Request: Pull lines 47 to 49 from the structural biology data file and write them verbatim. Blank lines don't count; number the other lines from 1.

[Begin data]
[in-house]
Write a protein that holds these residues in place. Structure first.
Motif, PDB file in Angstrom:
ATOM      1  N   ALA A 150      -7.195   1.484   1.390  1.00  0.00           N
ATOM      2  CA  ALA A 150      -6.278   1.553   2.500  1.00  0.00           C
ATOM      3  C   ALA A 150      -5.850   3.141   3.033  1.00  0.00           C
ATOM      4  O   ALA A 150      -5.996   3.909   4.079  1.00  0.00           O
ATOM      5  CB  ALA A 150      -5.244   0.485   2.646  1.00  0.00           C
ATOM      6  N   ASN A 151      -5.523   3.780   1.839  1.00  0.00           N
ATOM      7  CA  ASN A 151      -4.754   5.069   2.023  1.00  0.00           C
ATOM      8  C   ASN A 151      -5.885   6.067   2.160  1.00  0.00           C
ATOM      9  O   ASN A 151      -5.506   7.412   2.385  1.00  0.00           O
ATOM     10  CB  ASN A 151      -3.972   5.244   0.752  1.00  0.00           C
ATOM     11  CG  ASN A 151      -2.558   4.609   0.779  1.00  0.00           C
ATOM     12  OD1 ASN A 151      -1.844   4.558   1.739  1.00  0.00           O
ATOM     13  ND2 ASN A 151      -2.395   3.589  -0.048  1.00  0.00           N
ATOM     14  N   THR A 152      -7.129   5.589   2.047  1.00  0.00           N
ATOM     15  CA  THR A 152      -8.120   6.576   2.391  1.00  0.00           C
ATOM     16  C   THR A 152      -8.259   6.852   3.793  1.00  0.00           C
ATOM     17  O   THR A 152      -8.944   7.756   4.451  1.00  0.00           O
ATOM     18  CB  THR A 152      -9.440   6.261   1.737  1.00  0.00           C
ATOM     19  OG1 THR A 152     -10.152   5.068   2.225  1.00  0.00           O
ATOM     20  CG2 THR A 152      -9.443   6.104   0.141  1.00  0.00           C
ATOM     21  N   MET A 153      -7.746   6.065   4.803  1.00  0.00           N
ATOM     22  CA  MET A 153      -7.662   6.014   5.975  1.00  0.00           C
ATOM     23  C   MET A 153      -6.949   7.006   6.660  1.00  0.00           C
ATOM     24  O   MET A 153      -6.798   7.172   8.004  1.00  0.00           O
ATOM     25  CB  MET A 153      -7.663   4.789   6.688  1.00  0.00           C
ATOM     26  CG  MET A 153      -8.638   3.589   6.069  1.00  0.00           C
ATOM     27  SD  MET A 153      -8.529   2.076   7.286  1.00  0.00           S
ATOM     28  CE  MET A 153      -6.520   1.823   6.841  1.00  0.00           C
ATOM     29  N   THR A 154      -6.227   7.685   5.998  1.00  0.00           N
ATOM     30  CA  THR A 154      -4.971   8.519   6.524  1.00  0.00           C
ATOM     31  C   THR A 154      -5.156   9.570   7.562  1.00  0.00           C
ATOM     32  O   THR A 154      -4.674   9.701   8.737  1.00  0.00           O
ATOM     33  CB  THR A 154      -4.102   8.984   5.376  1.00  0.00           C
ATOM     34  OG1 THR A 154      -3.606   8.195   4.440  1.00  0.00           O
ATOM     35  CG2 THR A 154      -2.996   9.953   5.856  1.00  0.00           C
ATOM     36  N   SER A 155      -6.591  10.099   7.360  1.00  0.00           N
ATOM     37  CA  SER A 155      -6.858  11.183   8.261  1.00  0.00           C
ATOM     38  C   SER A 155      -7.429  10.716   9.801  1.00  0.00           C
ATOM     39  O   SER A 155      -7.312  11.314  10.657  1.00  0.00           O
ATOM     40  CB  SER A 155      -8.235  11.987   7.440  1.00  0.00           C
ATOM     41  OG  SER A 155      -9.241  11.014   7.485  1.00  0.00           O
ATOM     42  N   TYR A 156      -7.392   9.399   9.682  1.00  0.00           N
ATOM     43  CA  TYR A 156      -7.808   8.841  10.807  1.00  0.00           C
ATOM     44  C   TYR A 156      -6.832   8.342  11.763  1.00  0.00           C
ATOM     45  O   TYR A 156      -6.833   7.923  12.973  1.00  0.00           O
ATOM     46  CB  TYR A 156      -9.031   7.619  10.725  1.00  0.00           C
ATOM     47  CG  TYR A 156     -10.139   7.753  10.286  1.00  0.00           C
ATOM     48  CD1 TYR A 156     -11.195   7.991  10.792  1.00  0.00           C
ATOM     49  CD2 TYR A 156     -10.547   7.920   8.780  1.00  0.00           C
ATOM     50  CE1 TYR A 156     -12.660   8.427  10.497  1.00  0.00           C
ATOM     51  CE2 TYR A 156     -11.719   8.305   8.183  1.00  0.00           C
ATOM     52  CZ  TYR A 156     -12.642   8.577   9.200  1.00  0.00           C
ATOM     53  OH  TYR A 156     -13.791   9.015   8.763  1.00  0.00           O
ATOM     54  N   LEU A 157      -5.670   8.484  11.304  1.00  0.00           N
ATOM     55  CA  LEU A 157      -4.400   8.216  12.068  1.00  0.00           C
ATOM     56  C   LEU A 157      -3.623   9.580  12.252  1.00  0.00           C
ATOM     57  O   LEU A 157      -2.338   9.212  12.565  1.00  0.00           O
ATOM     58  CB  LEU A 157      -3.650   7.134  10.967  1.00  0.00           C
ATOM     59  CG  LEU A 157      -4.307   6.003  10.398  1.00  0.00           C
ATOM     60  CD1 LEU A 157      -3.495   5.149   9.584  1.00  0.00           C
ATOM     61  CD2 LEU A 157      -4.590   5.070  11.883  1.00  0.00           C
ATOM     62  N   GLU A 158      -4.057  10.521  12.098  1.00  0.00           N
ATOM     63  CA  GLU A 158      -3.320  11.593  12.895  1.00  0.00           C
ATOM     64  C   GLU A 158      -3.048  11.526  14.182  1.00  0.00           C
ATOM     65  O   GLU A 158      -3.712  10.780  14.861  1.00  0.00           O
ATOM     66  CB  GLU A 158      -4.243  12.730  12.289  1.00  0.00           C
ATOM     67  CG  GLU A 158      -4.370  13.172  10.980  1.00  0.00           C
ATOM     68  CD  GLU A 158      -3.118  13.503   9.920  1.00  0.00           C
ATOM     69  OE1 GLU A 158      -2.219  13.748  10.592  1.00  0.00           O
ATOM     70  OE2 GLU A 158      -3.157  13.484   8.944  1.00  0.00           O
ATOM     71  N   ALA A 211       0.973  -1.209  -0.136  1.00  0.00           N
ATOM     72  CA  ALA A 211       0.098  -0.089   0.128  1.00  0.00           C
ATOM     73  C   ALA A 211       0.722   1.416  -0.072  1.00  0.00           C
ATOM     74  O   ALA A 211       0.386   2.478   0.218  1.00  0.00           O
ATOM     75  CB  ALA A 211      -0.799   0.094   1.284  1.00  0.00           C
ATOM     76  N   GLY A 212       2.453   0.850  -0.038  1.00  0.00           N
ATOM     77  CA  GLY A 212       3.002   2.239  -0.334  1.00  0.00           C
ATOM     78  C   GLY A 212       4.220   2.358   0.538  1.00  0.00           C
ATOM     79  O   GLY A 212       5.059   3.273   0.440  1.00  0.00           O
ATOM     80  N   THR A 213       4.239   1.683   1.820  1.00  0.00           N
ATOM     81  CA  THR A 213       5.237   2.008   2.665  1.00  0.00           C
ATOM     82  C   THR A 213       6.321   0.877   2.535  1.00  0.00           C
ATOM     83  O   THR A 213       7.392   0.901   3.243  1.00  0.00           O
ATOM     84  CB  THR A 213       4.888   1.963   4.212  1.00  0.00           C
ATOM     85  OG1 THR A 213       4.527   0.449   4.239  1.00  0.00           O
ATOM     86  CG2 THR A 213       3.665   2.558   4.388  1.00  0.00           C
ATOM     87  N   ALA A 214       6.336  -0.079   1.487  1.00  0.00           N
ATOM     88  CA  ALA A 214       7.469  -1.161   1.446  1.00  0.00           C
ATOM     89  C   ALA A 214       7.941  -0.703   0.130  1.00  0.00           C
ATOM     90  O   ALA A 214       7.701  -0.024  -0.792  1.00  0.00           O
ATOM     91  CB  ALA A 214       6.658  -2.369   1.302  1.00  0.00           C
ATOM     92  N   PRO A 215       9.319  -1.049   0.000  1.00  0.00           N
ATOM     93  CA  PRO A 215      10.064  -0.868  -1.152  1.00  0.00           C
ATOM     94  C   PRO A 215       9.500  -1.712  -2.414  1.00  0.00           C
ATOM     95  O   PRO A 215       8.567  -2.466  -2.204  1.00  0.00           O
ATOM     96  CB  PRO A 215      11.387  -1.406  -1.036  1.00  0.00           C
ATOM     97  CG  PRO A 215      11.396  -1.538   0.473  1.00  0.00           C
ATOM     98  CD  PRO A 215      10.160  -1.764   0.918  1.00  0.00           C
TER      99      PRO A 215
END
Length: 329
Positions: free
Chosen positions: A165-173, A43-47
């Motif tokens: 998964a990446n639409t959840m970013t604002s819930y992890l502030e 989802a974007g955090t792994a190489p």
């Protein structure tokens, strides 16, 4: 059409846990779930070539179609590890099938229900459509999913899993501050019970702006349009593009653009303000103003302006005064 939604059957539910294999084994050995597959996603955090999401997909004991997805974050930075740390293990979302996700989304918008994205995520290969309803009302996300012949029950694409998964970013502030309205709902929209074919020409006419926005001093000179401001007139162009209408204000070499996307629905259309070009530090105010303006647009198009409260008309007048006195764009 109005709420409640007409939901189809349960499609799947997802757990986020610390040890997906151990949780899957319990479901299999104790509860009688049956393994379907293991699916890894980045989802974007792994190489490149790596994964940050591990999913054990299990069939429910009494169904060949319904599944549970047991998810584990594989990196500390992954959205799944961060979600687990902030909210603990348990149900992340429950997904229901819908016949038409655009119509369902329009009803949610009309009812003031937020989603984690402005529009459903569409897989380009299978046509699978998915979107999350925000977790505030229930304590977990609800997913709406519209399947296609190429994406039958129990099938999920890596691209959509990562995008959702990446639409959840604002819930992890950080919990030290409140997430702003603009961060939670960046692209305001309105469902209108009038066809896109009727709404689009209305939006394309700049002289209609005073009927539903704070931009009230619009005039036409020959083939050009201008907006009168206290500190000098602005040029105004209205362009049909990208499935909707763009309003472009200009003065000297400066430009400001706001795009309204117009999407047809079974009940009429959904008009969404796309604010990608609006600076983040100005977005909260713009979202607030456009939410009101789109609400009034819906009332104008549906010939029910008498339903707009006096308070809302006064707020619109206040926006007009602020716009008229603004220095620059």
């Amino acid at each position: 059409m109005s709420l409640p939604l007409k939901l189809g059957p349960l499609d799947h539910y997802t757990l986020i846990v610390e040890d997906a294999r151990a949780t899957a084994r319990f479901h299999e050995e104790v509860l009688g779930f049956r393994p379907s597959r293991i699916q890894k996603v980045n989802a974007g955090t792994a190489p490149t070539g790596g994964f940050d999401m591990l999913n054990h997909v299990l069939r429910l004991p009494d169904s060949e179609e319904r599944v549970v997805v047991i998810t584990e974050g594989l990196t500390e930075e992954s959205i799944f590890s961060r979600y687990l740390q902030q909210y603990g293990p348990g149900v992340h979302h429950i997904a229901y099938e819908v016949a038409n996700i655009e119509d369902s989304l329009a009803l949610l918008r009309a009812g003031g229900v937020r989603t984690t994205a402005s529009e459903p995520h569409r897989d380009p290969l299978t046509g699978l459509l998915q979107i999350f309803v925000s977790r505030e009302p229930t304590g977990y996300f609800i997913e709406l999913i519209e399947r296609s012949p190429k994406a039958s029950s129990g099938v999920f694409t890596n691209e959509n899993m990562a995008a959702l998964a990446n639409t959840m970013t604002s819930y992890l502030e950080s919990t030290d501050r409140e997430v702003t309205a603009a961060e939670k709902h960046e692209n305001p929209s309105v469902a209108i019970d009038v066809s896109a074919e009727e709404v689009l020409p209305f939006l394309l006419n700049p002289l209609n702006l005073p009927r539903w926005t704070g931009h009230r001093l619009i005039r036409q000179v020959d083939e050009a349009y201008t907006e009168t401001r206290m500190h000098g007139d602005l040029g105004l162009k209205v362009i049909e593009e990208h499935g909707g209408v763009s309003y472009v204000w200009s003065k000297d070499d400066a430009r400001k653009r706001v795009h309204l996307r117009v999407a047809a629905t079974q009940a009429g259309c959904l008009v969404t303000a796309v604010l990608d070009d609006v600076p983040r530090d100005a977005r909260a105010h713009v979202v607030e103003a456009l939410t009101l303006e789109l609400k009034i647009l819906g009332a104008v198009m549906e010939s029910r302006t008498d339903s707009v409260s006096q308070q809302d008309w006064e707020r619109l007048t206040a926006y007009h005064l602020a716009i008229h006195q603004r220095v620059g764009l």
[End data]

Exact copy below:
ATOM     44  C   TYR A 156      -6.832   8.342  11.763  1.00  0.00           C
ATOM     45  O   TYR A 156      -6.833   7.923  12.973  1.00  0.00           O
ATOM     46  CB  TYR A 156      -9.031   7.619  10.725  1.00  0.00           C